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The Wasatch Behind: the Monkey Wrench movie

Sun Advocate Columnist

"I don't believe it," Uncle Spud said with some amazement. "Did you see they are going to make a movie about Edward Abby's book, the Monkey Wrench Gang?"

"I must have missed that," I said. "What's it all about?"

"Oh for Pete's sake," he growled. "Everybody has read the Monkey Wrench Gang. It's about a band of radical environmentalist tree huggers who save southern Utah by blowing up the Glen Canyon Dam. Edward Abbey, the patron saint of eco-warriors, wrote the book in 1975. It's one of his most famous books."

"I don't think they blew up the Glen Canyon Dam," I said. "I was there last fall and the dam was still standing."

"The book is a work of fiction," he growled. "It's a novel. Nobody blew up the Glen Canyon Dam. The book just tells people how to do it."

"Isn't that called terrorism nowadays?" I asked.

"Exactly," he exclaimed. "The book is a technical manual on how to be an environmental terrorist. That book, and Edward Abbeys' influence, helped to inspire the creation of militant environmental groups like Earth First, and ELF, the Earth Liberation Front. Those organizations are truly horrendous terrorist outfits who have done millions of dollars in damage to businesses, housing developments, logging, and mining firms."

"And now someone wants to make a movie about such a book?" I asked.

"You got it," he said.

"That's scary," I offered. "If the book had such an influence on radical environmental weirdoes, I can only imagine how a big-screen movie with all of the technical effects, wrap-around sound, and big-time glitzy movie stars will inspire those people. I think a project like that is irresponsible and should probably be illegal. "

"Controversy sells movies nowadays," Uncle Spud said. "And besides, the movie makers say it's all in good fun."

"I think that making a movie that glamorizes sabotage, terrorism, and anarchy is a terrible thing," I insisted. "There's no good clean fun in any of that. Acts of sabotage and vandalism hurt people and cost all of us millions of dollars in tax money and law enforcement that might be better used somewhere else."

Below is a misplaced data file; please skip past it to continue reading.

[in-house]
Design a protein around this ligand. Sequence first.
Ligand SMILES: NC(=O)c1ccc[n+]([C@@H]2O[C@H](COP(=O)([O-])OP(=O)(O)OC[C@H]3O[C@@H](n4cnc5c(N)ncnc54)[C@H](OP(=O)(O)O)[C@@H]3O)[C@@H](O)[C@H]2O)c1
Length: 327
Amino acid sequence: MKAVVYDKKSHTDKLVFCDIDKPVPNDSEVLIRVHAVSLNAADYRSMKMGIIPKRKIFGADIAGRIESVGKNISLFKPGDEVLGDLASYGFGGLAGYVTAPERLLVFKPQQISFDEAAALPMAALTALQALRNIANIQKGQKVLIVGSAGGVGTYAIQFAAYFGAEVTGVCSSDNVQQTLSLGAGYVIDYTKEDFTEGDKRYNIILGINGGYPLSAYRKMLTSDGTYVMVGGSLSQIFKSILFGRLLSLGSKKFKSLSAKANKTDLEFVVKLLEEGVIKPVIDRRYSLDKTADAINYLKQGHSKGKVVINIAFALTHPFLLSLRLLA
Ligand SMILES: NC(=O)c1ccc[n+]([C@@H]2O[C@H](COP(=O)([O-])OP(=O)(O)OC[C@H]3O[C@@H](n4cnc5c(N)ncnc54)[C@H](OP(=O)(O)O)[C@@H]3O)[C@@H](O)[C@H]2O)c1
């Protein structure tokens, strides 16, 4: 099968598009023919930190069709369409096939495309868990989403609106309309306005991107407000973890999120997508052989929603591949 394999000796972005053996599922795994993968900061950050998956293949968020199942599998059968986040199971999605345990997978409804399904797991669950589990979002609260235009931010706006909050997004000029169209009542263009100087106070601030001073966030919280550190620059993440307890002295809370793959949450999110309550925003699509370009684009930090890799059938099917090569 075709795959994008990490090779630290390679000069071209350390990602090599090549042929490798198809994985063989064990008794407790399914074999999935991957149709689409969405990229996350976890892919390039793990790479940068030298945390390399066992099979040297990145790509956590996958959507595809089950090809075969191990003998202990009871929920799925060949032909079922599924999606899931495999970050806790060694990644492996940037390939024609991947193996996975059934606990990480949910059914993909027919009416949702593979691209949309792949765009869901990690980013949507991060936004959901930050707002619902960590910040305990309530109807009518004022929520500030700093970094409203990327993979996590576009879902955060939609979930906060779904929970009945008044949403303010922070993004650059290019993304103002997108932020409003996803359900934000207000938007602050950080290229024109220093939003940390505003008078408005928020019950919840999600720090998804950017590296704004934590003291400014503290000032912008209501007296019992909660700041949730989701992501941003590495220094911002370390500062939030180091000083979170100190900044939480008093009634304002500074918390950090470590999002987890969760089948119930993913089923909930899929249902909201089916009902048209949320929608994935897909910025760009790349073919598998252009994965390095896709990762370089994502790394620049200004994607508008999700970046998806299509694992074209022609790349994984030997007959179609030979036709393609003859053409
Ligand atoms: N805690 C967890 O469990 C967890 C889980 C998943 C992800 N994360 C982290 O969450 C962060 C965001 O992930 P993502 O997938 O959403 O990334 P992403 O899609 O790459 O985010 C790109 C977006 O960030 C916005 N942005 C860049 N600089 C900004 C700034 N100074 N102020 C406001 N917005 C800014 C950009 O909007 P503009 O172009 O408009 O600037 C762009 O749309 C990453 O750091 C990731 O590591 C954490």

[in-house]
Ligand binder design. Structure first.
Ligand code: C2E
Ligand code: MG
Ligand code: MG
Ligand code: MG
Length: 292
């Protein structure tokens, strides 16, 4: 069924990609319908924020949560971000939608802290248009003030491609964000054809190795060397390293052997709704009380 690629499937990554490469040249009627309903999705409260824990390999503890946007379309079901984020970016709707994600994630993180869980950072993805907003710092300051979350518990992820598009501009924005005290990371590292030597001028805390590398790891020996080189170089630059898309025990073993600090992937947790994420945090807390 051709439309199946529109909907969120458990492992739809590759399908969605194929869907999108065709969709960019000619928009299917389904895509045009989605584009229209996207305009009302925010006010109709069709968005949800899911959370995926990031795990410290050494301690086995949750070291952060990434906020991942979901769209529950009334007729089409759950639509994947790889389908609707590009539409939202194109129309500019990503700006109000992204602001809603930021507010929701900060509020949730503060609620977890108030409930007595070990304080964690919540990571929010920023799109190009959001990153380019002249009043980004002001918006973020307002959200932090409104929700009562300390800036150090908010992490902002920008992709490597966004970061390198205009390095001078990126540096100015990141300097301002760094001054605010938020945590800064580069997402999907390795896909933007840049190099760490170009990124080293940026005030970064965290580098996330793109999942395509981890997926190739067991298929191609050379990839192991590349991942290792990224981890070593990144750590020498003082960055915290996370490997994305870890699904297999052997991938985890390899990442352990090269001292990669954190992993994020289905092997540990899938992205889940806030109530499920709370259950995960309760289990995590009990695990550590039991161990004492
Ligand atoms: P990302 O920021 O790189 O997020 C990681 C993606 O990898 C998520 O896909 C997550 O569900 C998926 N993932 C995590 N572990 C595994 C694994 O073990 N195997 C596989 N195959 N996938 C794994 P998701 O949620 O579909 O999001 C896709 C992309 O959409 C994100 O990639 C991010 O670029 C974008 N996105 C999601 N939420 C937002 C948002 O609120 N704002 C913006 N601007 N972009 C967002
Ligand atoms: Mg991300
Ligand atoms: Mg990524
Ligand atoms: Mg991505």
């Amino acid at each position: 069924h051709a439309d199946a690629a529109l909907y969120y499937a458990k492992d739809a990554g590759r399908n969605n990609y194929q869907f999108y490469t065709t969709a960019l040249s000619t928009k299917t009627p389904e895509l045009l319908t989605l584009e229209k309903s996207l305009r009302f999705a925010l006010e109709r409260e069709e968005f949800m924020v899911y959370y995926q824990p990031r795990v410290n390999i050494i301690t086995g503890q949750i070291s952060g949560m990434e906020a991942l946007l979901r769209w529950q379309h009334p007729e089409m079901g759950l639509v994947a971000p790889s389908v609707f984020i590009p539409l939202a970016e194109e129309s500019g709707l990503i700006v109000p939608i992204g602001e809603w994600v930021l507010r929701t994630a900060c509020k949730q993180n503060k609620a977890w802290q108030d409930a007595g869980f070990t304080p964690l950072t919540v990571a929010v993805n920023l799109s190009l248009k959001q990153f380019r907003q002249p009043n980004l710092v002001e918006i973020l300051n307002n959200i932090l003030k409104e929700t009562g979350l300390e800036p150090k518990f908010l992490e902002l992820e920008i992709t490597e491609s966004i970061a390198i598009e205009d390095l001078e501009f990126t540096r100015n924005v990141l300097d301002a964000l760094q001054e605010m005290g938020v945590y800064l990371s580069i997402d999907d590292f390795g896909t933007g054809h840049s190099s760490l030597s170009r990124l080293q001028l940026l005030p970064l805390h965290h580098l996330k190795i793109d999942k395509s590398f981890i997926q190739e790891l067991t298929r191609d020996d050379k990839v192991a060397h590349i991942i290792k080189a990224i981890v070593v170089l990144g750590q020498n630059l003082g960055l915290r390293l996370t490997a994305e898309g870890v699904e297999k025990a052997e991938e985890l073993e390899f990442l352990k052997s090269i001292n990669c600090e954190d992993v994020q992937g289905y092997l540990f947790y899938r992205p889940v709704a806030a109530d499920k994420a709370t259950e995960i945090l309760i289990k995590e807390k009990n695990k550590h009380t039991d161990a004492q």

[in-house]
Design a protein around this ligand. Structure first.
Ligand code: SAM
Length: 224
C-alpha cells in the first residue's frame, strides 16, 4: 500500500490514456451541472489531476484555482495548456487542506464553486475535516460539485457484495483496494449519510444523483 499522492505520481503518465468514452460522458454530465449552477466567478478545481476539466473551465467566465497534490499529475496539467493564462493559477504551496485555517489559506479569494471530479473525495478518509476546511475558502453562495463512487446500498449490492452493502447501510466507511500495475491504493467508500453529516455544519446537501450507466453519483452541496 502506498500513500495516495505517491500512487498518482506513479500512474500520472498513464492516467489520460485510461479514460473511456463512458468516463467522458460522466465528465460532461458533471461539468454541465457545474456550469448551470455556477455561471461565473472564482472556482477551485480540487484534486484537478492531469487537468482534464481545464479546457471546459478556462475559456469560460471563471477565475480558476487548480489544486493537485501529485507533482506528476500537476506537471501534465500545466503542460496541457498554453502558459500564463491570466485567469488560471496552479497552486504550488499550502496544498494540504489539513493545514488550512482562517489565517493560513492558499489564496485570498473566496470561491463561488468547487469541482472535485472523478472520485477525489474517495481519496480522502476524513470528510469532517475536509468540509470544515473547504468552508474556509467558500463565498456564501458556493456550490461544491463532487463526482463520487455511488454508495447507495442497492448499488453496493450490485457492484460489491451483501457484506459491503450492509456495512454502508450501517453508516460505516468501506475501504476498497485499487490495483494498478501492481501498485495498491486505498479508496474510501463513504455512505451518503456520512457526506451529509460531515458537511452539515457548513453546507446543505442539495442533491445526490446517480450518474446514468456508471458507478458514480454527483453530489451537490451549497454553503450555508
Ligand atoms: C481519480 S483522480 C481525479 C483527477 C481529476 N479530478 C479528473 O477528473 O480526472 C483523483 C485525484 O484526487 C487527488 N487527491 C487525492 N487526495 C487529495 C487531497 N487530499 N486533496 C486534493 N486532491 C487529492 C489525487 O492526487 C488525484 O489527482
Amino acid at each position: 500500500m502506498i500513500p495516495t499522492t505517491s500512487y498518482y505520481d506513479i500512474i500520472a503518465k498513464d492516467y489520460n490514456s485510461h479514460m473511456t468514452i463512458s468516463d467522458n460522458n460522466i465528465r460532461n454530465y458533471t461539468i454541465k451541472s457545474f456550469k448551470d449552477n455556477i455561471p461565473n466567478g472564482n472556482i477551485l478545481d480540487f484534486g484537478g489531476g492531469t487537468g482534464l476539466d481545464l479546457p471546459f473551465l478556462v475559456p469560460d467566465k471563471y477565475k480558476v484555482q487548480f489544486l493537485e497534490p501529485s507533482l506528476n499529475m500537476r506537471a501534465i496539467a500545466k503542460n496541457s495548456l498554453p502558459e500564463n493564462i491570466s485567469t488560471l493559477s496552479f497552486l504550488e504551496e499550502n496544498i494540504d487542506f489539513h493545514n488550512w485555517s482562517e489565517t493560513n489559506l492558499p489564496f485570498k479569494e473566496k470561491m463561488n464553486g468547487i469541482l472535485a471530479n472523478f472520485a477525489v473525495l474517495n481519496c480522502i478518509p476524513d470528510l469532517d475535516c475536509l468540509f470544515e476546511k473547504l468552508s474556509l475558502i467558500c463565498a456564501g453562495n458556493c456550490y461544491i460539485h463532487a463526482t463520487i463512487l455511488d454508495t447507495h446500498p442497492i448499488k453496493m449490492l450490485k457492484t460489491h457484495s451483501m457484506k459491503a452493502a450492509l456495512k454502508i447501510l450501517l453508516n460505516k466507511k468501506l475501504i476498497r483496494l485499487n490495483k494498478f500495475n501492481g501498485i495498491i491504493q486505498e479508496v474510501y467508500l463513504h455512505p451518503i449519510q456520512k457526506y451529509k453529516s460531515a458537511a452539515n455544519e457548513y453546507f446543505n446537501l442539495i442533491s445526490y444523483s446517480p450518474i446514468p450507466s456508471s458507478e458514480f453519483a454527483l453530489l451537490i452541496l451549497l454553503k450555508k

"Well, it can't be all that bad," he insisted. "Robert Redford has offered to play a part in the movie, according to some reports. I'm sure old Sundance wouldn't be involved if it was a bad thing."

"Oh yes," I smiled. "Utah's own environmental champion, Robert Redford. The guy who looks out the window at his massive ski resort empire with tears in his eyes because Utah's canyons are becoming too crowded and overdeveloped."

"That's the guy," Spud smiled.

"I wonder if he'd be as eager to do the movie if it was about saving the earth by blowing up ski resorts instead of the Glen Canyon Dam?" I offered.

"Probably not," the Spudster grinned. "Those rich environmental guys want to keep their mansions in the canyons. It's the rest of us who are supposed to save the earth by living in caves without electricity and sport utility vehicles."

"I'll drink to that," I offered, as I poured the hot cocoa.

"By the way, Spud old buddy, did you ever read the book, The Turner Diaries? I wonder what Hollywood thinks about that little gem?" The Turner Diaries has a lot in common with The Monkey Wrench Gang. It was published at about the same time, and it too has become a cult classic for sub-culture weirdoes. It's about saving the earth too, but saving the earth for white people. Hitler would have loved it. And like The Monkey Wrench Gang, it was published by people who think that any means, including sabotage and anarchy, is justifiable if the end result gets the job done. I wonder if we'll see that movie anytime soon? I sure hope not. I wish Hollywood would stick to making movies like Gone With the Wind and Old Yeller."

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